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Spock says: It is illogical to take offense

By Jim Haberkorn


I had hoped that my last post in regards to NetApp performance claims would end gracefully, as a courageous NetApp employee has apparently now agreed to work with us to find out what we may be doing wrong, if anything, to be getting such poor performance out of our NetApp filer. FYI: That discussion has now moved to engineer Karl Dohm's blog post, where there is now a civil discussion taking place on the subject.


But alas, a graceful ending was not to be. I've been informed that a certain NetApp employee has now moved to Twitter to assert that I have called NetApp a liar in my  blog post.


So, in the interest of setting the record straight on this important point, let me make it clear: I have never referred to NetApp or its bloggers as liars, though I have said, and still believe, that some of their claims and arguments are illogical, both in regards to claims they make about themselves and claims they make about the competition.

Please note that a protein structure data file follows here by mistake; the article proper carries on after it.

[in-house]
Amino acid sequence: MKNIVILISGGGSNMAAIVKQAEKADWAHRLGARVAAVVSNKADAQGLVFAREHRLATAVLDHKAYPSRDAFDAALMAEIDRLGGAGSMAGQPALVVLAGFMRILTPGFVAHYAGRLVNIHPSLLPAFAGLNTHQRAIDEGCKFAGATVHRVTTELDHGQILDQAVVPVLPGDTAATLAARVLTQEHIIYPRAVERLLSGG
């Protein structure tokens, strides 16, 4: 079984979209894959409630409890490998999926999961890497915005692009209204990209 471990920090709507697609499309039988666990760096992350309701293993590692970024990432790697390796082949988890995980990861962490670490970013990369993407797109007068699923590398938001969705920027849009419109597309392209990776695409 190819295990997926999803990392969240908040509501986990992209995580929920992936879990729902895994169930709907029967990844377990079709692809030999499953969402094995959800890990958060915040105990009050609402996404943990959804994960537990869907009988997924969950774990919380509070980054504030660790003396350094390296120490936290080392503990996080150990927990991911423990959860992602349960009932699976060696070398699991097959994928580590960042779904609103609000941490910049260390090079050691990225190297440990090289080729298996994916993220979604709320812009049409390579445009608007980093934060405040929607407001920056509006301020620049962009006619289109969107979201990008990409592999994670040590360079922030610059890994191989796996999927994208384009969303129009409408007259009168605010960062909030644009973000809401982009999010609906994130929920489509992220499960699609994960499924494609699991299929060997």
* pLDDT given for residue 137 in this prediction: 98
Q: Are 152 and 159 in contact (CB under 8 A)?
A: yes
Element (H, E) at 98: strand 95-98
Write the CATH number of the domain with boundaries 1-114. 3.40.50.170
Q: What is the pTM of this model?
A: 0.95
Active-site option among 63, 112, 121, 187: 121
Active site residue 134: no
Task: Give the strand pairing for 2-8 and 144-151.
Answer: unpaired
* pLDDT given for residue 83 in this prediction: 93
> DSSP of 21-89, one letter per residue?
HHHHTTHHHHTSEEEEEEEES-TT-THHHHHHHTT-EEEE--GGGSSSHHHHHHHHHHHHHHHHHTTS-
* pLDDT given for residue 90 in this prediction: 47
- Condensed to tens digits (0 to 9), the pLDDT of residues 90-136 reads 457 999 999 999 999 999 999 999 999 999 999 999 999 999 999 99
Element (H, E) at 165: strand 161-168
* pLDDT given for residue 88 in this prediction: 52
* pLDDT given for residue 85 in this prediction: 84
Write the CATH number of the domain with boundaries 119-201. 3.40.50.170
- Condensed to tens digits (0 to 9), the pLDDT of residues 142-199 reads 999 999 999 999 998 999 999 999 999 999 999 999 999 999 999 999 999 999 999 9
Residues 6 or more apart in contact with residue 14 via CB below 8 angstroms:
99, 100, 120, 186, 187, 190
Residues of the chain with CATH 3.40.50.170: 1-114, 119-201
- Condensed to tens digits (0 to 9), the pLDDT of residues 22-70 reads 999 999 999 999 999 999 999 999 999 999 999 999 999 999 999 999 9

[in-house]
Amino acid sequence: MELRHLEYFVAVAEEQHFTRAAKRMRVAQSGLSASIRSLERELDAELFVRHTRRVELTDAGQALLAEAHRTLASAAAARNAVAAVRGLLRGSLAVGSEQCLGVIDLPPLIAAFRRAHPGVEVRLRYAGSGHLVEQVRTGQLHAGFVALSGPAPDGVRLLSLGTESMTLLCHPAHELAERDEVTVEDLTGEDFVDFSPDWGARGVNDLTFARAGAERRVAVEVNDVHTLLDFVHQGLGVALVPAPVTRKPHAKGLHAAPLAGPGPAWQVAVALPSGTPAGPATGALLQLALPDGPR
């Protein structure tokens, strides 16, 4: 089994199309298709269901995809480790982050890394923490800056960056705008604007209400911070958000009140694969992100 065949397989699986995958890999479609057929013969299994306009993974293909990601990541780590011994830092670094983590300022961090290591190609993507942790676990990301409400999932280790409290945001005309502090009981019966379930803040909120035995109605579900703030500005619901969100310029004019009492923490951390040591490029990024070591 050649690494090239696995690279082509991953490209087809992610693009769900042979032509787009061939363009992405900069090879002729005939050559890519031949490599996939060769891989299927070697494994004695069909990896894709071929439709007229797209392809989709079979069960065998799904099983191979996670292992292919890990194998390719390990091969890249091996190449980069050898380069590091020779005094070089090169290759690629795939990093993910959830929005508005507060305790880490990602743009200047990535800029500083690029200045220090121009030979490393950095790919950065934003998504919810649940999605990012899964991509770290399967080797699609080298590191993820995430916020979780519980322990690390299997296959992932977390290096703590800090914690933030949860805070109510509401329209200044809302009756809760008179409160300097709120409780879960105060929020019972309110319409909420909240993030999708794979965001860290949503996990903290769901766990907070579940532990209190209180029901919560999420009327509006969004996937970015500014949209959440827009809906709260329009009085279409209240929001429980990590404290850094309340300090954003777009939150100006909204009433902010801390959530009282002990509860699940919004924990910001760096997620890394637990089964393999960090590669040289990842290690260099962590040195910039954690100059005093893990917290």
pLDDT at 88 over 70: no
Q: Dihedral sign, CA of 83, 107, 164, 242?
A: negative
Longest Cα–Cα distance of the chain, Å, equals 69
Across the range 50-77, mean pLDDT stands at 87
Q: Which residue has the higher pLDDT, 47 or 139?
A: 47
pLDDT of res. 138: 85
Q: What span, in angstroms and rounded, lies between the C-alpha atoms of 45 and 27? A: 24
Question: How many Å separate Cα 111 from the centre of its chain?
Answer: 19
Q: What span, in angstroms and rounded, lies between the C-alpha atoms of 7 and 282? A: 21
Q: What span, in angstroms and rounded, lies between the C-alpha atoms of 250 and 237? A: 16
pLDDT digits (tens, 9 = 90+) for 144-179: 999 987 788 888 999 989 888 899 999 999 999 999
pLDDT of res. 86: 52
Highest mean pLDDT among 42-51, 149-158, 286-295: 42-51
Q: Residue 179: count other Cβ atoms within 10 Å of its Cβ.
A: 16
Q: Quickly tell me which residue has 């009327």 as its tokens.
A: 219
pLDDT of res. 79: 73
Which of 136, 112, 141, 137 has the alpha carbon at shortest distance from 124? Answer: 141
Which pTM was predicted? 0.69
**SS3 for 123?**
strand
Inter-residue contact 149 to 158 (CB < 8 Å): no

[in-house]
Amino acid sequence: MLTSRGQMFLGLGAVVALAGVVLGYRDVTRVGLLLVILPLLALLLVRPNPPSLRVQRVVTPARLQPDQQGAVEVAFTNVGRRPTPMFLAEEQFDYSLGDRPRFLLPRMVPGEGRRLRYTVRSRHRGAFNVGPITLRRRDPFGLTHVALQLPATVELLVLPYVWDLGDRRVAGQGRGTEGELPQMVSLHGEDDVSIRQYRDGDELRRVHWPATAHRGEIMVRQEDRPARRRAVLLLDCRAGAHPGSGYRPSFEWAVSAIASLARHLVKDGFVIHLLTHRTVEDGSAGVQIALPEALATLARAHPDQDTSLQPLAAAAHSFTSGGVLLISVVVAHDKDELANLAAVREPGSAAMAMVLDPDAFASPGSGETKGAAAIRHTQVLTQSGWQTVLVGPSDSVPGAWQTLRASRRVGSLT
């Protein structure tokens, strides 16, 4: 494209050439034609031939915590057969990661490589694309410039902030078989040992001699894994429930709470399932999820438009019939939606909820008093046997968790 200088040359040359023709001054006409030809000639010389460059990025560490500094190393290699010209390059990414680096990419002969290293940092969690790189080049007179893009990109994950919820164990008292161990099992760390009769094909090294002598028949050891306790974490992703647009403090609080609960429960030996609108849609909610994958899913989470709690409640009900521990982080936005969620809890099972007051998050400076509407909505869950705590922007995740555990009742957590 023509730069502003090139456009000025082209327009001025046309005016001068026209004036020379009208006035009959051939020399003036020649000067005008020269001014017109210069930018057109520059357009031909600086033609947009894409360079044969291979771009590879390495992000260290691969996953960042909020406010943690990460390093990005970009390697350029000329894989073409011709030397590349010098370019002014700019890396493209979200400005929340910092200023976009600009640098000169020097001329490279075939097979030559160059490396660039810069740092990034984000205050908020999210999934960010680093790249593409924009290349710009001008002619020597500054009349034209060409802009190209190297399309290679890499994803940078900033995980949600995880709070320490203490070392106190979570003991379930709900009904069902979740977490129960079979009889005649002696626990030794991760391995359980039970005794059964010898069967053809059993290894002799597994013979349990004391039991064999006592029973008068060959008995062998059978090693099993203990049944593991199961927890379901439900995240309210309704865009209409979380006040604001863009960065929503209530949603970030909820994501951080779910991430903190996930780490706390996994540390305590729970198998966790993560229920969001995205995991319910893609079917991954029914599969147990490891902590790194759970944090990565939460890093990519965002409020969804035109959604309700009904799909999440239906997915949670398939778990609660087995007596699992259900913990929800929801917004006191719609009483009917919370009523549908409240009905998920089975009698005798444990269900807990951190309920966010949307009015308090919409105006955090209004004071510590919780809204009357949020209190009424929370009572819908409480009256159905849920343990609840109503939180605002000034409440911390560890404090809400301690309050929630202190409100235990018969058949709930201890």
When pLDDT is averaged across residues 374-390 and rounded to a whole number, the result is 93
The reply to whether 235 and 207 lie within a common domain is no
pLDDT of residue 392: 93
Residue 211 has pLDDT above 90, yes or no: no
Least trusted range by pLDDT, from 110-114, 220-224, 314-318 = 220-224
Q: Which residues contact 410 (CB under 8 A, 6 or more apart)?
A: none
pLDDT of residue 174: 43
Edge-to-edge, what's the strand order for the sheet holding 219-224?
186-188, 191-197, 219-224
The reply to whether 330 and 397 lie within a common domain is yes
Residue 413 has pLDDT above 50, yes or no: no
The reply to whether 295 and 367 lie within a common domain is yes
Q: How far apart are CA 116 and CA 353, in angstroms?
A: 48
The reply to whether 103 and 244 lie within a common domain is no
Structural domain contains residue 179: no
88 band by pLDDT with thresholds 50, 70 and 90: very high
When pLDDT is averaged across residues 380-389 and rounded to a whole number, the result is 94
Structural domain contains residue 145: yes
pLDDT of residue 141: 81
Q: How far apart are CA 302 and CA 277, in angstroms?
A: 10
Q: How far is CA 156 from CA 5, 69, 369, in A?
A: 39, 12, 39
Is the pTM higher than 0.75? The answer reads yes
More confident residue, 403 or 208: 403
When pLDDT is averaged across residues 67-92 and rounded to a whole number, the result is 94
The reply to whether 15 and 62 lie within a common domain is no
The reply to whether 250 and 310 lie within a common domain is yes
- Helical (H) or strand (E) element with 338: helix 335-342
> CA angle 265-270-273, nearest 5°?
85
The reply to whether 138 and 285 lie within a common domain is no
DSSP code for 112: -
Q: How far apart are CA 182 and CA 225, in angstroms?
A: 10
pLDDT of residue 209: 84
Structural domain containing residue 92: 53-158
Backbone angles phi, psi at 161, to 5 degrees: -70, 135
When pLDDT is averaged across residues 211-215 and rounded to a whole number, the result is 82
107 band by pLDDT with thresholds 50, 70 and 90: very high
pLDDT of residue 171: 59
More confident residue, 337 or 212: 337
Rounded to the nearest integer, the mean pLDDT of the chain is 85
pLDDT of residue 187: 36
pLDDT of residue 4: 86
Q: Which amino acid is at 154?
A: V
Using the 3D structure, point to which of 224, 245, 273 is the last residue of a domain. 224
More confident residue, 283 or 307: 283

If you check my previous blog post, you will see that the word 'liar' was used only once and that was by a NetApp blogger, in a moment of excessive sensitivity. But now another NetApp employee has picked it up and twittered about it. Ah! A new NetApp blogging tactic: One NetApp blogger exaggerates a competitor claim, then the other one attacks the competitor for it. Hmm....I must add that one to my list. 


Now, here are just three examples of NetApp illogic that surfaced in the previous post: